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Publication numberUS3346322 A
Publication typeGrant
Publication dateOct 10, 1967
Filing dateMar 25, 1963
Priority dateMar 29, 1962
Also published asDE1240036B, DE1266719B, DE1266719C2
Publication numberUS 3346322 A, US 3346322A, US-A-3346322, US3346322 A, US3346322A
InventorsFritz Schubert, Helmut Finkenauer, Karl Kohl, Walter Seibert
Original AssigneeBasf Ag
Export CitationBiBTeX, EndNote, RefMan
External Links: USPTO, USPTO Assignment, Espacenet
Stable highly concentrated solutions of basic dyes
US 3346322 A
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Description  (OCR text may contain errors)

United States Patent 3,346,322 STABLE HIGHLY CONCENTRATED SOLUTIONS OF BASIC DYES Helmut Finkenauer, Walter Seibert, Karl Kohl, Eberhard Luecke, and Fritz Schubert, Ludwigshafen (Rhine), Germany, assignors to Badische Anilin- & Soda-Fabrik Aktiengesellschaft, Ludwigshafen (Rhine), Germany No Drawing. Filed Mar. 25, 1963, Ser. No. 267,836 Claims priority, application Germany, Mar. 29, 1962, B 66,580; Feb. 16, 1963, B 70,768 9 Claims. (Cl. 879) This invention relates to stable highly concentrated solutions of carboxylic acid salts of basic dyes.

Basic dyes of the diarylmethane and triarylmethane series and also basic azo, azomethine or methine dyes are used extensively in the form of aqueous solutions in the paper, textile and leather industries. Finely ground dyes are usually used for the production of these solutions. This method however has considerable disadvantages. For example when, through unsuitable storage, the finely ground dry powder is partly or wholly caked to lumps by the action of moisture or heat, difliculty is encountered in dissolving it. Moreover weighing out, transferring or filling the powdered, water-soluble, extremely intensely coloring dyes is attended by unpleasant formation of dust. During dissolution of the dyes'and when solutions of the dyes are stirred strong :frothin-g often takes place and this may lead to the solutions frothing over with consequent contamination and loss.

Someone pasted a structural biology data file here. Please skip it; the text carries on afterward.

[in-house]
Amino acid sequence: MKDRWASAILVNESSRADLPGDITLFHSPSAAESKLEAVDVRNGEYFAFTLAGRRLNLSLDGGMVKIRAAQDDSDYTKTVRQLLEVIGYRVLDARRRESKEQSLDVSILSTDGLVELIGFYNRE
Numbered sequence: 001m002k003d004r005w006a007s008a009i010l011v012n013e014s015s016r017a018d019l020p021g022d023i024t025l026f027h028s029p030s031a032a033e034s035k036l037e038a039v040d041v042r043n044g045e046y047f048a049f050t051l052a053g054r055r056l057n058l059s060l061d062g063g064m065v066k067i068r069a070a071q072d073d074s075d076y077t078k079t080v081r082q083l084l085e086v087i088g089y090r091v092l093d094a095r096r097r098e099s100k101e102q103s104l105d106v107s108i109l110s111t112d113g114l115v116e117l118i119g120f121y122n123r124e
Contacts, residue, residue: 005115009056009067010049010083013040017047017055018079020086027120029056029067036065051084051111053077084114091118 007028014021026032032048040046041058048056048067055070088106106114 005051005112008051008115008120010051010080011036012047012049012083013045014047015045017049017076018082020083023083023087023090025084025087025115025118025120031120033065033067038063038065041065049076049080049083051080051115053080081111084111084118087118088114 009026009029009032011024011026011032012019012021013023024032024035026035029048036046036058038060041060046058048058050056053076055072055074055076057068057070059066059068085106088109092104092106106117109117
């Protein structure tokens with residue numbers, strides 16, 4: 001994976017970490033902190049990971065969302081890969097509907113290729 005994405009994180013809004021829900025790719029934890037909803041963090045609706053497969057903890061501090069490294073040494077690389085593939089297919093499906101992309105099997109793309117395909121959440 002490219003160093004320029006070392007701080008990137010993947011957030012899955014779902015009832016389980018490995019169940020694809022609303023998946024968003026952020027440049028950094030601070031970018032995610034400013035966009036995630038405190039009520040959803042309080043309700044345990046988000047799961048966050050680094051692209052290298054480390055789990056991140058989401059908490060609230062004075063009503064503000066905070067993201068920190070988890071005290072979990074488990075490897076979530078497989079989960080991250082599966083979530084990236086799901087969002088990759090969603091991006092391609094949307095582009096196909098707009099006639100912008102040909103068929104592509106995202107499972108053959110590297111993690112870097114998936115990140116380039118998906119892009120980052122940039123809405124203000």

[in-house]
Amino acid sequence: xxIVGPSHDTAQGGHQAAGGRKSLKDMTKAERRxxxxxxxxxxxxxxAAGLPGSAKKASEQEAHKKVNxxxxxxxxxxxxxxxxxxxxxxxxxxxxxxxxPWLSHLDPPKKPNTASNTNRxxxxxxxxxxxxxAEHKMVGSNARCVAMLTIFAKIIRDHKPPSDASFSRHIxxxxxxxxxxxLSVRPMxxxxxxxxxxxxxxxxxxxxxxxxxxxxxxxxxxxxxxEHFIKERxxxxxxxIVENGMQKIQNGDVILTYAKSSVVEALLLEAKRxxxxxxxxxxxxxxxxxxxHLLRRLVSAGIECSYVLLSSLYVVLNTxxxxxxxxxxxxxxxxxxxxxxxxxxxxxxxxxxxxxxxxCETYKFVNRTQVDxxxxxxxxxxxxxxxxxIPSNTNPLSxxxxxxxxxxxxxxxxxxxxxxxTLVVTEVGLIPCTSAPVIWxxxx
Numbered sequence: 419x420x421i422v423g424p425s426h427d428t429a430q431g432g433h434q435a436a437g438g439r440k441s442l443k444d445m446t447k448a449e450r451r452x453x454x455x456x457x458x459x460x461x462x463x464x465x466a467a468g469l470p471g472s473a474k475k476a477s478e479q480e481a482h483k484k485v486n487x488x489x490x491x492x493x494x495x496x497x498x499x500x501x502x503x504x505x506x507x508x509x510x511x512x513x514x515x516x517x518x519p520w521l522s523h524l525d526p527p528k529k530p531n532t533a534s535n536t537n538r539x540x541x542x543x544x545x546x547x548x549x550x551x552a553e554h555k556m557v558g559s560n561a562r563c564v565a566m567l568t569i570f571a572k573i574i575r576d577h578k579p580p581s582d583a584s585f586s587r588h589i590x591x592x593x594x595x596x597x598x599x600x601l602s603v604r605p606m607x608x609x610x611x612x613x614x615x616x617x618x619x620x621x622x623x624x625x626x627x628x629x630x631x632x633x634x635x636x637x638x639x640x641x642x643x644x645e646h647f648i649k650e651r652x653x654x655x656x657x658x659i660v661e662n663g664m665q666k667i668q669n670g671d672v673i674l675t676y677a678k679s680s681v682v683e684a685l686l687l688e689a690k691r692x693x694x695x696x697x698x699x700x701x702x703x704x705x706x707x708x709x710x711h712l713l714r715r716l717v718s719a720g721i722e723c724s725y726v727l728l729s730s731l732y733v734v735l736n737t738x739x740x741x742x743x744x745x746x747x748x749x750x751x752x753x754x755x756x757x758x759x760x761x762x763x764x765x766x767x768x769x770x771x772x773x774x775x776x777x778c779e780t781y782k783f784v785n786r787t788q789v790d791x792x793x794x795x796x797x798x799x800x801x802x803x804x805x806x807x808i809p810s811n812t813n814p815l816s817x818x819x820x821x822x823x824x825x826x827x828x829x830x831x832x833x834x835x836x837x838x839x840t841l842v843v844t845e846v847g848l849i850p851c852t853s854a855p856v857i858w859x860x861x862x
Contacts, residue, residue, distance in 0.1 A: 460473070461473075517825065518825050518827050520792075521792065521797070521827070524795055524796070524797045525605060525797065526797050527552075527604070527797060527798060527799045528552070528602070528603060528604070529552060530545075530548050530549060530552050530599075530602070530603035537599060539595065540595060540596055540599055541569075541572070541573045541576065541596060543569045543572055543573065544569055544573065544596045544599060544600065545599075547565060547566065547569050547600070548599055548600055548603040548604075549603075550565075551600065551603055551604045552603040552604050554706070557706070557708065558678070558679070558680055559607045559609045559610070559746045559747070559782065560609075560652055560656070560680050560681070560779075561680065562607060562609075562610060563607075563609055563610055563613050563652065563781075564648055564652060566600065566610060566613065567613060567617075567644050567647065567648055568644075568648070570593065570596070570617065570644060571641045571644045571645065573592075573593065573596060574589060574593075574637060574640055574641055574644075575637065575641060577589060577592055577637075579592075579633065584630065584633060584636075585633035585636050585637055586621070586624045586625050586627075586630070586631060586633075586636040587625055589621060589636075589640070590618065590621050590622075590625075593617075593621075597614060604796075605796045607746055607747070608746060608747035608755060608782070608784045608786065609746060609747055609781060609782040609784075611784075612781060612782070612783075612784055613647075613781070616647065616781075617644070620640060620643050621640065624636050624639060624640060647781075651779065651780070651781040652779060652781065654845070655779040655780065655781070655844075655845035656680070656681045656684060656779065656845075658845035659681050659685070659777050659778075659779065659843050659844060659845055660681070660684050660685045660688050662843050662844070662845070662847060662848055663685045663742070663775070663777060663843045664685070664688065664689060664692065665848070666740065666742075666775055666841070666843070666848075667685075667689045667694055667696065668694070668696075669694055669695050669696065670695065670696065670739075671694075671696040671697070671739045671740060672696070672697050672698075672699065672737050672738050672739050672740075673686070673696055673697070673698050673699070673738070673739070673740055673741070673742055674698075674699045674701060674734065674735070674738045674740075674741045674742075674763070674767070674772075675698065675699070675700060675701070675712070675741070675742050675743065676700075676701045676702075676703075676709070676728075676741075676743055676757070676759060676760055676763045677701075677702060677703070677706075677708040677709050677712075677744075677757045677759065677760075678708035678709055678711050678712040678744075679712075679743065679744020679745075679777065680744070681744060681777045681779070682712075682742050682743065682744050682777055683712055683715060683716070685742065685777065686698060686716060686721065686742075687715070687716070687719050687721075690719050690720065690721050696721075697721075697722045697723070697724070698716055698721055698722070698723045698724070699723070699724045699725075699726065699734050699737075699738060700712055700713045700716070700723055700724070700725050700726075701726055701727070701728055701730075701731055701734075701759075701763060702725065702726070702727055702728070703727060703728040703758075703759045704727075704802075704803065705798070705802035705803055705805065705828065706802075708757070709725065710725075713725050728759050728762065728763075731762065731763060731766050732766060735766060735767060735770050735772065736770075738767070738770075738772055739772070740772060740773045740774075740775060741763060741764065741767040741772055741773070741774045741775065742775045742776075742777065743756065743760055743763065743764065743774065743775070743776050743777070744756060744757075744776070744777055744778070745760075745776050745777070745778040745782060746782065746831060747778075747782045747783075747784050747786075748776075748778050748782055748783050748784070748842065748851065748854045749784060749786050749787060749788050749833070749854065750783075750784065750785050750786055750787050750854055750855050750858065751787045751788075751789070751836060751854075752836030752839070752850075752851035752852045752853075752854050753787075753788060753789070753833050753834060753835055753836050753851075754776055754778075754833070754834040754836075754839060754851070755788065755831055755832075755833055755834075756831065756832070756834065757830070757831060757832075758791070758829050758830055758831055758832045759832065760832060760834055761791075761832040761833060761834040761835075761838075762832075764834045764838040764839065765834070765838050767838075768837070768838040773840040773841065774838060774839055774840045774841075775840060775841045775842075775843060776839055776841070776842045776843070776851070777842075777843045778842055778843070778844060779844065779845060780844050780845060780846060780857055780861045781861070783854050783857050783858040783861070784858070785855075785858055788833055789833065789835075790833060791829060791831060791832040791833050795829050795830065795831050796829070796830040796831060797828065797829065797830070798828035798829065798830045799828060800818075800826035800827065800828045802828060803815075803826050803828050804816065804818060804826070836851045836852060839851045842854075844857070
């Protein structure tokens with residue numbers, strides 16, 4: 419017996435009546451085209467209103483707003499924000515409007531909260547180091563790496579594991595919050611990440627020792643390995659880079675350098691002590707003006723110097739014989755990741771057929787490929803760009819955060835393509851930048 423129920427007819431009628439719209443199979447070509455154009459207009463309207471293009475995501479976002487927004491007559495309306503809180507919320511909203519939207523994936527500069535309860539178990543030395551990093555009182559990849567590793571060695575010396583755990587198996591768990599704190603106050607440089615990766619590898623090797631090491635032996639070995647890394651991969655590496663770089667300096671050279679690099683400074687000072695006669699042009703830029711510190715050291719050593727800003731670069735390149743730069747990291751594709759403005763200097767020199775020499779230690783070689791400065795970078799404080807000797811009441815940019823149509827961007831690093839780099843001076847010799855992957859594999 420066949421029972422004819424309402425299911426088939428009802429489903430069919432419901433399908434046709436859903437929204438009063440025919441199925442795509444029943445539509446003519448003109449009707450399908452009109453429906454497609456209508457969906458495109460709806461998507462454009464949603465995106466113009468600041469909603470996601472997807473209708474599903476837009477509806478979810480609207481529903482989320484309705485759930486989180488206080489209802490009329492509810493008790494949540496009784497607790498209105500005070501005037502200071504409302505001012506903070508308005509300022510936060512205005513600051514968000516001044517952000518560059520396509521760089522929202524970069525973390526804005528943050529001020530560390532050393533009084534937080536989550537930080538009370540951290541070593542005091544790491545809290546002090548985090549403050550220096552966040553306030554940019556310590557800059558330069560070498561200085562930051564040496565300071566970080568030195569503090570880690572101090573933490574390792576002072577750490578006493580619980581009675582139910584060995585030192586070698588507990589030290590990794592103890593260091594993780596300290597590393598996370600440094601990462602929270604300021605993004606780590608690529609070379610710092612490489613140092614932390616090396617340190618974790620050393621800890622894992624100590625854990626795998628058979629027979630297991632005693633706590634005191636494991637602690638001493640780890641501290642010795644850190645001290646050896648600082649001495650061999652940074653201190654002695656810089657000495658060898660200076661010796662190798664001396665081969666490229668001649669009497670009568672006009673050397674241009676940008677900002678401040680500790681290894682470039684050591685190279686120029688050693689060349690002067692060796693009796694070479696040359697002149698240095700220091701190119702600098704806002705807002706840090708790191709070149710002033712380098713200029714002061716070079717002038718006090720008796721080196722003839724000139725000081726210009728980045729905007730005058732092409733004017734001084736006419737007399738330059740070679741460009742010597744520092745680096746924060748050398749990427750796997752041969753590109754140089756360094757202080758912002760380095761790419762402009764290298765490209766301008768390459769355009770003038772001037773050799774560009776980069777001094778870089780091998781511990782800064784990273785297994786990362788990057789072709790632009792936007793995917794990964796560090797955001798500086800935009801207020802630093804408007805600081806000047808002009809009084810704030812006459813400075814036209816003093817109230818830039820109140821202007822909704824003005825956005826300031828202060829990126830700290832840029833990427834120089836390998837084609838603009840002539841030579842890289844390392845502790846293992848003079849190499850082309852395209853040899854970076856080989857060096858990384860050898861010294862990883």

It has been proposed to add certain substances to avoid the dusting of finely ground dyes and the frothing during preparation of the solutions. Many wetting agents have also been recommended to promote rapid and complete dissolution of dye powders. All these additives merely diminish the said disadvantages without wholly obviating them.

The disadvantages of finely ground basic dyes in use may be avoided by using highly concentrated stock solutions supplied by dye manufacturers. Very highly concentrated aqueous solutions could however not hitherto be prepared. The salts of basic dyes generally used, in many cases the hydrochlorides, will dissolve only in relatively low concentrations in water or other suitable liquids, especially at room temperature. The solutions thus obtained have no practical importance because of the high proportion of solvent, the high cost of transportation and packaging entailed and the risk of freezing or drymg up.

It is the object of the present invention to provide stable highly concentrated solutions of basic dyes which are stable to moderate frost.

This object is achieved according to this invention by solutions of salts of basic dyes with water-soluble carboxylic acids in solvents which are liquid at room temperature and are miscible in all proportions with water, the said solvents being selected from polyhydric alcohols or their ethers or esters, polyethers, amides, lactones, nitriles, dimethyl sulfoxide, tetrahydrofuran or dioxane.